like bumper stickers, the whole damn
indefinable mess of it, an all-encompassing
space-time Thanksgiving turkey
obliterating the Big Bang with drippings,
stuffing itself with the bread crumbs of galaxies,
constantly feasting on the universe
but perverse enough to fuck with you
personally if you take it that way.

(It garnered an honorable mention at the Wild Poetry Forum one week.)

To recount the events from my life in intervening weeks would be beyond my scope or ability. The Mendocino Men's Circle retreat is happening the weekend of the 25th, a process in which I've been heavily involved, and Kathleen and I are leaving for NY on the 29th to see her mother and assorted friends. I hope to visit Norm Ball in DC and take in the Smithsonian as well. I am, however, a west coast snob, thinking our northern Pacific coast far superior to anything they have out there in Flatland, and the Appalachians are nothing like the Sierras.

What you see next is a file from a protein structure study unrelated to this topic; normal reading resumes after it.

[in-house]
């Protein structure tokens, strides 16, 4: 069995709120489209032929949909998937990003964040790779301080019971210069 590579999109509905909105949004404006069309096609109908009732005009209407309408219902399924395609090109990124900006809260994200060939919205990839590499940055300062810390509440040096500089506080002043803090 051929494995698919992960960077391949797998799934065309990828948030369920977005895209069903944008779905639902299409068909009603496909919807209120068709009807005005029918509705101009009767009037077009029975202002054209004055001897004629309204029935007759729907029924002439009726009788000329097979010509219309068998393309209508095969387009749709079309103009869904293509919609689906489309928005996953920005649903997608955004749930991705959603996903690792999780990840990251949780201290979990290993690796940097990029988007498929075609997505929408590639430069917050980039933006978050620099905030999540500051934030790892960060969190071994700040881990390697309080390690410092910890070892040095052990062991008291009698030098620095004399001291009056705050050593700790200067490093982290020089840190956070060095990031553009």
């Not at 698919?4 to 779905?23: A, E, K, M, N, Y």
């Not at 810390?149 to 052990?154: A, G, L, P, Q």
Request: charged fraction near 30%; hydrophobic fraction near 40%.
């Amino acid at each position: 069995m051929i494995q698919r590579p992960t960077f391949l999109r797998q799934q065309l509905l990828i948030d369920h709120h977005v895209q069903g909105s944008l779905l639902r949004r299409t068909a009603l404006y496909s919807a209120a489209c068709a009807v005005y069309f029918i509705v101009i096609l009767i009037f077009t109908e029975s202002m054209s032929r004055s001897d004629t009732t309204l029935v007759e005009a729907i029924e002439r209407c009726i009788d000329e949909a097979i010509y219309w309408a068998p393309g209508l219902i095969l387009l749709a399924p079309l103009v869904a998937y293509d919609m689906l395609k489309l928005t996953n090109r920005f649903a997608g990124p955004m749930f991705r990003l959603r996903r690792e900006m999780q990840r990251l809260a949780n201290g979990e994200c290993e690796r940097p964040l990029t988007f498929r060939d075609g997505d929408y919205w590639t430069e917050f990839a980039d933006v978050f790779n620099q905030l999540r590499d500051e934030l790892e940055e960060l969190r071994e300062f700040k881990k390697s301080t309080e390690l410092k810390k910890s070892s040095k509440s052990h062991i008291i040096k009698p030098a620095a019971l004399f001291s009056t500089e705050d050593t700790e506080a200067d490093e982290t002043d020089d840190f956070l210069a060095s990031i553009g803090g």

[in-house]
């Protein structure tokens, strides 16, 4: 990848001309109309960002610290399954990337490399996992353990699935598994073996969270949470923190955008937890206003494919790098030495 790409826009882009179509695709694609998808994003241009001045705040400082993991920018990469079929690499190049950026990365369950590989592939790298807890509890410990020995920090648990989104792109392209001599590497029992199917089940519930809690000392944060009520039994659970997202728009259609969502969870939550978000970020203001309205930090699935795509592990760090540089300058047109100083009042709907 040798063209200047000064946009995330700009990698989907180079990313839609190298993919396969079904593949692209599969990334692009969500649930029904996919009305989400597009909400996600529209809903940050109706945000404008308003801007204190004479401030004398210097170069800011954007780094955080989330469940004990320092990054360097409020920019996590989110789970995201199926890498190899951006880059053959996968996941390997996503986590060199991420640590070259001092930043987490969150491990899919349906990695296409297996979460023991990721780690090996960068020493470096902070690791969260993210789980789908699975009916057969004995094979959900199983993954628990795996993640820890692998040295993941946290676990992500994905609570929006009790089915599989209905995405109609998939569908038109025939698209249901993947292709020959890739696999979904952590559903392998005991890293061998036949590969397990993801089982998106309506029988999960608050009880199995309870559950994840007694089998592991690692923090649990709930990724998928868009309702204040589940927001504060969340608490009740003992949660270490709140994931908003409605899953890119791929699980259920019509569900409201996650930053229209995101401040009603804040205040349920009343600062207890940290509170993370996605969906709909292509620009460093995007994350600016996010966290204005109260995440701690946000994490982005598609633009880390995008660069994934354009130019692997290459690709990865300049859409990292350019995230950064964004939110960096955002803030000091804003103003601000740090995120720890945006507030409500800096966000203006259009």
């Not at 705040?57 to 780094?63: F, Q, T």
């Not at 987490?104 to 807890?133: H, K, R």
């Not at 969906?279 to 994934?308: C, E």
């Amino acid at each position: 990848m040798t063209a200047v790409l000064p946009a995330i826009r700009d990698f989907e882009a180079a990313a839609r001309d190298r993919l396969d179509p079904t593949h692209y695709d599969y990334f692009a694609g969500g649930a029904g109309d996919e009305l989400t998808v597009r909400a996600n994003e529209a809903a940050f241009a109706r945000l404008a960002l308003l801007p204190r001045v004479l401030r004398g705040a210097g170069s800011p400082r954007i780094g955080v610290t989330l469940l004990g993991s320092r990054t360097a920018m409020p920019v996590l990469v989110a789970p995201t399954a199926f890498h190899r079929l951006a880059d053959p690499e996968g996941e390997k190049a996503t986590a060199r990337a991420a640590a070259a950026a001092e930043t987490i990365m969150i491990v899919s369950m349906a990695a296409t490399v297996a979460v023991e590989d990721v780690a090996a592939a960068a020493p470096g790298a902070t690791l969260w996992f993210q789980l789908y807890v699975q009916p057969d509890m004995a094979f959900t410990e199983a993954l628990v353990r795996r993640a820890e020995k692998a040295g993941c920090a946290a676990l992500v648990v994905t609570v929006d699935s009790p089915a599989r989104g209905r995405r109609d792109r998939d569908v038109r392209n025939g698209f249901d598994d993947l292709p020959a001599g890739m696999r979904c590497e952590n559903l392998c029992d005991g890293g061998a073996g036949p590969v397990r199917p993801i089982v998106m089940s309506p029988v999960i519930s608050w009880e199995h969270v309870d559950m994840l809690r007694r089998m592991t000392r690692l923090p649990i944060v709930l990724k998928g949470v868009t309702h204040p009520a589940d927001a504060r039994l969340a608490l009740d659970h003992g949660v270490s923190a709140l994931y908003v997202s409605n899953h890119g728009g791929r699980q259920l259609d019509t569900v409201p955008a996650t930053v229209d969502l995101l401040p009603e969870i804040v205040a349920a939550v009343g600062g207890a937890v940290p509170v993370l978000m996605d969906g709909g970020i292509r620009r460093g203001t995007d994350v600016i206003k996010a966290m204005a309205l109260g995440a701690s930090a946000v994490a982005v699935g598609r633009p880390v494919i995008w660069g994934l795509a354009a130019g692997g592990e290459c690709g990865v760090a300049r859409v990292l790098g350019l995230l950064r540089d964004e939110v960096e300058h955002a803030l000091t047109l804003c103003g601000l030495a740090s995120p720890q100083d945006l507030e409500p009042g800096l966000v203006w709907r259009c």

For those who wished the Melic Board were reestablished, I can only say I have no plans for the immediate future, though I often regret ending the magazine when I did, but I was lacking a webmaster and engulfed in a two-year depression, as followers of this blog know.

I've purchased a stunt kite that is so far too difficult to fly, though I have lacked sustained winds. The other day I shot par at the local Frisbee golf course! Today I must spray the flower garden with deer repellent, made with spoiled egg salad and garlic, sold commercially--I kid you not. But it works. Those four-hooved rats don't like it at all.

I just had another rejection from Poetry but I soldier on. I hope my opinion of Ashbery doesn't disqualify me.

All for today,



  1. Soldier on, CE, it's a mark of honor to be rejected by Poetry, as it is the Ny'er, and all the other hi-falutin' magazines out there.

    Now and then I throw something out for them, knowing it will come whizzing back faster than is decent. And yet, considering what I see in the New Yorker from time to time for what passes for poetry, it's rare that I can even understand it, rarer still that I even like it.

    Not what I refer to as 'clippable" poetry.